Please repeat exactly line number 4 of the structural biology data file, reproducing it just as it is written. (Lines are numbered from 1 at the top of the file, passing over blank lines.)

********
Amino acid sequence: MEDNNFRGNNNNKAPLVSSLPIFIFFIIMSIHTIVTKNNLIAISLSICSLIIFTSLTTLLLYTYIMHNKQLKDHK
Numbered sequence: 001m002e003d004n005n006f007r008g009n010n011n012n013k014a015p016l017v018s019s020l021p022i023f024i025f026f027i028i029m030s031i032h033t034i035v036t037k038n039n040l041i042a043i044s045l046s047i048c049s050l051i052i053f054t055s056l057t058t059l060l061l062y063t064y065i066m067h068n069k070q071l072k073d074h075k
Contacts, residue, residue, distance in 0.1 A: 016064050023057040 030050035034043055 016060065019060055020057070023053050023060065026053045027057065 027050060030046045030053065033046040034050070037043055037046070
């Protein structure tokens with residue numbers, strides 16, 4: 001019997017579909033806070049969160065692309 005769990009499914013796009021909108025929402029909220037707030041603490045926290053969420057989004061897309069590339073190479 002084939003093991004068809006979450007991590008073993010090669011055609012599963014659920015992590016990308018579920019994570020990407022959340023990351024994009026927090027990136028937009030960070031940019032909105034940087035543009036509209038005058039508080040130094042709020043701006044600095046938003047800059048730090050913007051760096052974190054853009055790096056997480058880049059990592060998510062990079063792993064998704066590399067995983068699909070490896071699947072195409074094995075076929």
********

């Protein structure tokens with residue numbers, strides 16, 4: 001019997017579909033806070049969160065692309 005769990009499914013796009021909108025929402029909220037707030041603490045926290053969420057989004061897309069590339073190479 002084939003093991004068809006979450007991590008073993010090669011055609012599963014659920015992590016990308018579920019994570020990407022959340023990351024994009026927090027990136028937009030960070031940019032909105034940087035543009036509209038005058039508080040130094042709020043701006044600095046938003047800059048730090050913007051760096052974190054853009055790096056997480058880049059990592060998510062990079063792993064998704066590399067995983068699909070490896071699947072195409074094995075076929």